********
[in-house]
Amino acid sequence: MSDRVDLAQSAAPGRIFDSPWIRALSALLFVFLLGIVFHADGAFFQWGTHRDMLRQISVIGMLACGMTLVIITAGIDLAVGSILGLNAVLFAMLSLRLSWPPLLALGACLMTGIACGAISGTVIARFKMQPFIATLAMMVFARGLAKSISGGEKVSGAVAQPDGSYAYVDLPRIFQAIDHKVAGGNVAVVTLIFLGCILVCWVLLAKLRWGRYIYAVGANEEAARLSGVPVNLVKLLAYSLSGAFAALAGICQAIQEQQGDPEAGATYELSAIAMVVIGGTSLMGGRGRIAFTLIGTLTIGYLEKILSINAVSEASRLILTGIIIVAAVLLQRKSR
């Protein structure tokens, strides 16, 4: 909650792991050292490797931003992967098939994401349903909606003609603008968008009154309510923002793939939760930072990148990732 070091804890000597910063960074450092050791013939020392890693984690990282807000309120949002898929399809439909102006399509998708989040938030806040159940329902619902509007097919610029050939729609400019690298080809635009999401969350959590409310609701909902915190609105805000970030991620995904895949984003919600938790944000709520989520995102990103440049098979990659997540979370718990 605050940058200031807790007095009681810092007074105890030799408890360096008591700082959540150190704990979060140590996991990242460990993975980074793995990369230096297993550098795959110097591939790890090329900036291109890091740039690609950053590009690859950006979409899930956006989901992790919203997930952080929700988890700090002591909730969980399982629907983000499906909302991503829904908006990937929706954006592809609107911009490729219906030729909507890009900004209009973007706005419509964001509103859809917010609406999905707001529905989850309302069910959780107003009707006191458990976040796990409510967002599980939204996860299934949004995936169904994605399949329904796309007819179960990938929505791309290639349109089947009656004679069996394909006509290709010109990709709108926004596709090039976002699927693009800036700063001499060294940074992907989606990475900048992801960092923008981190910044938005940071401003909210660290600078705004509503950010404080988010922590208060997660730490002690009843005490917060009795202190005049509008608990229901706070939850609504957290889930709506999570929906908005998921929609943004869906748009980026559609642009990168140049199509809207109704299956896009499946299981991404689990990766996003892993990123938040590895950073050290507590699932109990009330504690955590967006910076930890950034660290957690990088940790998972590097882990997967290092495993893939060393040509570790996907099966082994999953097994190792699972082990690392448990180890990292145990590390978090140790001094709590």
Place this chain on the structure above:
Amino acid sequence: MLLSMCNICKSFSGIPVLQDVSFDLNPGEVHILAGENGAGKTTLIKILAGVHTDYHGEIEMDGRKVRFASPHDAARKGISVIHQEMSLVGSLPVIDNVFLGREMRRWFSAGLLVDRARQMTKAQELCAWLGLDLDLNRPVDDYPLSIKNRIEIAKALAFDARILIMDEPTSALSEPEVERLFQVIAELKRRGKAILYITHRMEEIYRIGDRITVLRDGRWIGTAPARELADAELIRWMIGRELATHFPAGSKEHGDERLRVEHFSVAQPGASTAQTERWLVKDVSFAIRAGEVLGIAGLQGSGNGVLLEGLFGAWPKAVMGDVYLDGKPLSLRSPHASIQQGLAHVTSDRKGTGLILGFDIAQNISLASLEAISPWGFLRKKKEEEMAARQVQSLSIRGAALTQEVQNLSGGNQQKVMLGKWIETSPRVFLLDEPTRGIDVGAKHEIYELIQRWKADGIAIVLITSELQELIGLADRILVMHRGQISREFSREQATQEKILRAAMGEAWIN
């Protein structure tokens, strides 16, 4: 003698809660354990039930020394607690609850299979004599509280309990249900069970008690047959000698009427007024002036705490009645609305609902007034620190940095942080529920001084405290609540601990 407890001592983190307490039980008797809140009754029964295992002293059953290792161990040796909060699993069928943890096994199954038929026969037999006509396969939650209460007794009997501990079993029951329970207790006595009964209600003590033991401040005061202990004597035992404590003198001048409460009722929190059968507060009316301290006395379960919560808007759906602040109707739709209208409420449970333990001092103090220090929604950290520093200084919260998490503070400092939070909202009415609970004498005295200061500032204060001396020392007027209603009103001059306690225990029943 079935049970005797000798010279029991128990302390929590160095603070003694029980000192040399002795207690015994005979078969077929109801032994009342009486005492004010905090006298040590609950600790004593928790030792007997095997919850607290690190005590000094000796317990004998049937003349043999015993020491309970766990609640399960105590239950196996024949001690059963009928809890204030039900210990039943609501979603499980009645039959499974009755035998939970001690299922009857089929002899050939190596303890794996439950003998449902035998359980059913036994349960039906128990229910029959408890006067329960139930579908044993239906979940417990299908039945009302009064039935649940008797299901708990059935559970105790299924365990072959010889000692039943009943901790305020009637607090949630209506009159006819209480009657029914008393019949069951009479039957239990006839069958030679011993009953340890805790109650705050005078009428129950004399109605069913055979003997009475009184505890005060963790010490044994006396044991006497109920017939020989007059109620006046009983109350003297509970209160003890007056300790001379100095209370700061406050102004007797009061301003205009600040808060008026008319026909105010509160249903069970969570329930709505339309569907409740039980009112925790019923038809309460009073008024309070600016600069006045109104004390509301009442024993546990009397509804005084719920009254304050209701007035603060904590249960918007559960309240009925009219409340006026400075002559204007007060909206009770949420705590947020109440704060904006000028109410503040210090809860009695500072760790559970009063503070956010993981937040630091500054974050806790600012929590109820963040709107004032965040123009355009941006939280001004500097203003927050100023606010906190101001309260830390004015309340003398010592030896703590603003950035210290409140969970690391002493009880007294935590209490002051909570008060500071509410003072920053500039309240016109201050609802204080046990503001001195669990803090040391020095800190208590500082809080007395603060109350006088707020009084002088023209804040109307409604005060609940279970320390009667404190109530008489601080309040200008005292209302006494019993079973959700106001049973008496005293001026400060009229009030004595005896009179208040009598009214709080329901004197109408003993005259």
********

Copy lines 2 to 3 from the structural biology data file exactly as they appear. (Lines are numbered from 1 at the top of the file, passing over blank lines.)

Amino acid sequence: MSDRVDLAQSAAPGRIFDSPWIRALSALLFVFLLGIVFHADGAFFQWGTHRDMLRQISVIGMLACGMTLVIITAGIDLAVGSILGLNAVLFAMLSLRLSWPPLLALGACLMTGIACGAISGTVIARFKMQPFIATLAMMVFARGLAKSISGGEKVSGAVAQPDGSYAYVDLPRIFQAIDHKVAGGNVAVVTLIFLGCILVCWVLLAKLRWGRYIYAVGANEEAARLSGVPVNLVKLLAYSLSGAFAALAGICQAIQEQQGDPEAGATYELSAIAMVVIGGTSLMGGRGRIAFTLIGTLTIGYLEKILSINAVSEASRLILTGIIIVAAVLLQRKSR
């Protein structure tokens, strides 16, 4: 909650792991050292490797931003992967098939994401349903909606003609603008968008009154309510923002793939939760930072990148990732 070091804890000597910063960074450092050791013939020392890693984690990282807000309120949002898929399809439909102006399509998708989040938030806040159940329902619902509007097919610029050939729609400019690298080809635009999401969350959590409310609701909902915190609105805000970030991620995904895949984003919600938790944000709520989520995102990103440049098979990659997540979370718990 605050940058200031807790007095009681810092007074105890030799408890360096008591700082959540150190704990979060140590996991990242460990993975980074793995990369230096297993550098795959110097591939790890090329900036291109890091740039690609950053590009690859950006979409899930956006989901992790919203997930952080929700988890700090002591909730969980399982629907983000499906909302991503829904908006990937929706954006592809609107911009490729219906030729909507890009900004209009973007706005419509964001509103859809917010609406999905707001529905989850309302069910959780107003009707006191458990976040796990409510967002599980939204996860299934949004995936169904994605399949329904796309007819179960990938929505791309290639349109089947009656004679069996394909006509290709010109990709709108926004596709090039976002699927693009800036700063001499060294940074992907989606990475900048992801960092923008981190910044938005940071401003909210660290600078705004509503950010404080988010922590208060997660730490002690009843005490917060009795202190005049509008608990229901706070939850609504957290889930709506999570929906908005998921929609943004869906748009980026559609642009990168140049199509809207109704299956896009499946299981991404689990990766996003892993990123938040590895950073050290507590699932109990009330504690955590967006910076930890950034660290957690990088940790998972590097882990997967290092495993893939060393040509570790996907099966082994999953097994190792699972082990690392448990180890990292145990590390978090140790001094709590």